Every Dish Tells a Story

One Northwest Arkansas restaurateur keeps it simple but never plain

By Deborah Horn  Photography by NOVO STUDIO

Unfussy but delicious, Oven & Tap has its own farm-to-table tale to tell. To a growing group of Arkansas foodies, the downtown Bentonville eatery is a culinary must-read. Luke Wetzel, owner, designed his restaurant with modern, clean lines, and he locally sourced hardwoods like oak and walnut to soften the edges. It’s bare bones but comfortable, and Wetzel says, “I wanted it to reflect the way we approach food.”



More than a dish
Oven & Tap relies on local sourcing whenever possible, but instead of taking whatever he can get, Wetzel forms relationships with responsible Arkansas and Missouri growers. It allows him to offer a few dishes no matter the season.

For instance, his partnership with the owners of the Bansley’s Berkshire Ridge Farm near Harrison allowed him to develop their flagship dish, pork meatballs, which he recommends to Oven & Tap first-timers. Instead of the traditional spaghetti dish, it’s paired with homemade sourdough bread. Wetzel captured a wild yeast strain and used it to cultivate a sourdough starter, and, he adds, “We still use the same starter.” The flour used to make the bread is ground at the War Eagle Mill. “It’s a true Arkansas dish,” Wetzel says. As are their brunch ricotta donuts tossed in cinnamon and served with Onyx coffee mixed with a custard sauce. “It’s a little play on coffee and donuts,” he says.

Another item that’s earned a permanent spot on the menu is a twist on french fries—salt and vinegar potatoes. “We start with new potatoes, boil them in a salt and white vinegar solution, then mash them up and call them delicious,” he says. They also plate up their signature Southern fried chicken year-round. The birds are from Across the Creek Farm near West Fork.

Of course, Oven & Tap also offers plenty of hand-tossed pizza options that starts with a yeasty, handmade dough and Wetzel says, “It’s a great communal table item.” If in season, he recommends Sweden Creek Farm’s shiitake mushrooms on top.

Foodies can sample the season
Their side dishes vary with the month, and the current harvest is reflected in Wetzel’s ever-changing menu. In April, there’s strawberry shortcake, and he says, “It’s a nod to our Southern influence.”

May means blueberries from the Neal Family Farms near Rogers. “We go crazy on the blueberries,” and he suggests an order of their blueberry cornbread, when available. “We drop the berries on top and it makes a beautiful mosaic,” he says. During blackberry season, arugula is tossed with pecorino, blackberries and sunflower seeds.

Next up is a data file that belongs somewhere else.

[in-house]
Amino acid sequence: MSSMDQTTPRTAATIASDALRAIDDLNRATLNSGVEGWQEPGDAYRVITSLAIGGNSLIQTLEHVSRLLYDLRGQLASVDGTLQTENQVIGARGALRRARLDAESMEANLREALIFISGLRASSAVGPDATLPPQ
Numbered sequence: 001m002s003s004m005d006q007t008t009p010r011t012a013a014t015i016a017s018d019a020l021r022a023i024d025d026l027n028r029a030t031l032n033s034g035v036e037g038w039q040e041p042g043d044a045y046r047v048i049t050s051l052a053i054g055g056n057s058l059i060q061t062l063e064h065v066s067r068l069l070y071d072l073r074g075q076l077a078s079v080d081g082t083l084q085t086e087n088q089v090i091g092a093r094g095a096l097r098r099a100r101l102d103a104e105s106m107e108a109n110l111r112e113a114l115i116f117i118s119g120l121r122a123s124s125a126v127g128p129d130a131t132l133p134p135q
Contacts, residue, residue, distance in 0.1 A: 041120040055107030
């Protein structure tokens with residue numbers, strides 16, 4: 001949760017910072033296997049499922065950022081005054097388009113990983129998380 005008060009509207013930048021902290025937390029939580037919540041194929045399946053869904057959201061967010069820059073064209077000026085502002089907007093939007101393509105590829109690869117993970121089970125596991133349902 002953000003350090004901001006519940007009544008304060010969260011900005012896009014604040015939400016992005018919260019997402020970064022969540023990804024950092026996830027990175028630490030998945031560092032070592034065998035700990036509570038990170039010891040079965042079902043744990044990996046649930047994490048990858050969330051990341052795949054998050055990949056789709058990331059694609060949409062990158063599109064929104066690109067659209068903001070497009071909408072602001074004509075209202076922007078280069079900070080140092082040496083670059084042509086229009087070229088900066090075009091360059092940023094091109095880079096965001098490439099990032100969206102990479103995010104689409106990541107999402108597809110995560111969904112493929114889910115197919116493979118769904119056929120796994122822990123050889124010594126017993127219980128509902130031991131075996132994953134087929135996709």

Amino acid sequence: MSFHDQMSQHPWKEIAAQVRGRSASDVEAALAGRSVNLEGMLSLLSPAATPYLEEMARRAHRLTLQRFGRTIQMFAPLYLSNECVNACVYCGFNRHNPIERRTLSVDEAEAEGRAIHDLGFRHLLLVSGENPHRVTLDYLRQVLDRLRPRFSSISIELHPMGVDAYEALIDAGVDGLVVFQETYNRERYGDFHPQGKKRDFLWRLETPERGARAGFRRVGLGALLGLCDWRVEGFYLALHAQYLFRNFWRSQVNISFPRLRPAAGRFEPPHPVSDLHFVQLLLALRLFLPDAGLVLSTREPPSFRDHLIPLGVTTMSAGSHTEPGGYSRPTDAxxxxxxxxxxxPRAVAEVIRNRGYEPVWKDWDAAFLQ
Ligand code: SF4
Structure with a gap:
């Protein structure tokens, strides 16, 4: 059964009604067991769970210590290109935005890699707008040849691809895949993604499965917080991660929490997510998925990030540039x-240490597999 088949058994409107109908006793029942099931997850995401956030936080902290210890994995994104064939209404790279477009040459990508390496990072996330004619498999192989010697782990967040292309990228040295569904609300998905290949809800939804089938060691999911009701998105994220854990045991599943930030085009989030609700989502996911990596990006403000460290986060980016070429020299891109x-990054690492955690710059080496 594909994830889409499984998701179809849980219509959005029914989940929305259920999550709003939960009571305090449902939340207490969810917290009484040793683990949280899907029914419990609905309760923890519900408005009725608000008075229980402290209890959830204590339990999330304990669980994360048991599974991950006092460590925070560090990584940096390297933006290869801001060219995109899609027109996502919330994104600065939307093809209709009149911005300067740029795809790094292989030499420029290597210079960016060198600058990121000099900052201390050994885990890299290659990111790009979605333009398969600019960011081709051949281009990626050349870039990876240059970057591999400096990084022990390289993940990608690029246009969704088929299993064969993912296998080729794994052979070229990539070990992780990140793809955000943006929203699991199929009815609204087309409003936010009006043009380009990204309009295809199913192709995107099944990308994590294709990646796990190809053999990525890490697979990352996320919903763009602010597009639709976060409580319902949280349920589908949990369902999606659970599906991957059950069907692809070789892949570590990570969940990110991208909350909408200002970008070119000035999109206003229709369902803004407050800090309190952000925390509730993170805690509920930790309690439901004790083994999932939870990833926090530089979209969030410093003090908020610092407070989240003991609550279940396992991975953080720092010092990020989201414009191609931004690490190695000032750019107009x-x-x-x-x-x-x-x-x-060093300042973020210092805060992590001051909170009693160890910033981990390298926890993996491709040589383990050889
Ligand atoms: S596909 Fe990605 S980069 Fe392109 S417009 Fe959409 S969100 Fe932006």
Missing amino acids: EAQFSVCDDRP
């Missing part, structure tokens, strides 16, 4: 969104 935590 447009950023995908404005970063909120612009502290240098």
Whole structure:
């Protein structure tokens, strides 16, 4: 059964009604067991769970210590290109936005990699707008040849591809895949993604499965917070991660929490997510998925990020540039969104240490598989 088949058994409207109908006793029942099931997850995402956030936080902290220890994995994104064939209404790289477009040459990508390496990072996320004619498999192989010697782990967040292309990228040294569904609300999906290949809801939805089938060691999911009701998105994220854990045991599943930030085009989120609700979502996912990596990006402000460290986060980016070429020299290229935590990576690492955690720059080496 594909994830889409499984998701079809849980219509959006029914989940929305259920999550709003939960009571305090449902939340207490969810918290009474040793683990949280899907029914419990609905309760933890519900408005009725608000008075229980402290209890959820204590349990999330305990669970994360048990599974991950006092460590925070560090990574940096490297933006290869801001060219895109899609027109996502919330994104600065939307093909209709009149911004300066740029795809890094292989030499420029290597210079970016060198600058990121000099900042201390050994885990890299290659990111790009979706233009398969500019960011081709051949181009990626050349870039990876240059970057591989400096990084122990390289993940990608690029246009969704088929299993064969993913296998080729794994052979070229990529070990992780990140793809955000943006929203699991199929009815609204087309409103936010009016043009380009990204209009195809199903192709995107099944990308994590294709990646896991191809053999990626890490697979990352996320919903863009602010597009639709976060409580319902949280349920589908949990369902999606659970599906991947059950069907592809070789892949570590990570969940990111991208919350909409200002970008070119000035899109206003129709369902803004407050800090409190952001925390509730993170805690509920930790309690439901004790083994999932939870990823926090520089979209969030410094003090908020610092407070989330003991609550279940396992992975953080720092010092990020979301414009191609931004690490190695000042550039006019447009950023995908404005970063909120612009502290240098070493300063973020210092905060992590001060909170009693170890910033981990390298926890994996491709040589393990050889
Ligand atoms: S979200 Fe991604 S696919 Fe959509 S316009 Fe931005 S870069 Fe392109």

Later in the summer, the staff use vine-ripened Arkansas nectarines and bacon lardoons to create a colorful salad that’s topped with buttermilk dressing. Wetzel tells the story of a farmer who occasionally comes down from the Missouri hills and appears at his restaurant with “phenomenal” produce, including melons. “I’m not sure where he lives, and I have no way to contact him, but it’s a real win for us when his produce is in the house,” he says. That farmer’s melons star in Wetzel’s Melon and Mint Salad.


Luke Wetzel, Oven & Tap owner, named his eatery after its oversized oven brick oven and 20-tap lineup dedicated to craft beers and cocktails. It’s located at 215 S. Main Street near the downtown Bentonville square and within walking distance of Crystal Bridges Museum of American Art.

His Arkansas roots run deep
At one time, Wetzel worked for Scott McGehee at the Boulevard Bread Co. in Little Rock, but he was so intrigued by his boss’ tales of the famed Alice Waters that he quit and headed out West.

Wetzel trained at her Berkeley, California, restaurant, Chez Panisse, and embraced her food philosophy—rely on local, seasonal produce whenever possible. “Let the depth and the layers of the flavors, the colors and textures speak for themselves,” he waxes a bit poetically. For example, like vine-ripened tomatoes, “a farm fresh egg has a more intense flavor, more color. It’s impossible to explain the difference, and you don’t understand until you take a bite,” he says.

Wetzel could have remained on the West Coast but decided to get back to his roots, and once back, he worked as the Hive’s executive sous chef when it opened in Bentonville in 2012.

“In the Bay Area, the [farm-to-table] story is being widely shared, but not so much here. Arkansas needs to make a contribution to that story,” Wetzel says. Although he continues in Waters’ tradition, in May 2015, he began writing his own unique chapter when he opened Oven & Tap. 

Nonetheless, as chef, Wetzel doesn’t want to be the main character, but instead allows his dishes to focus on local farmers and producers, because of whom, he says, “Each dish has a clear, concise, distinctive voice.”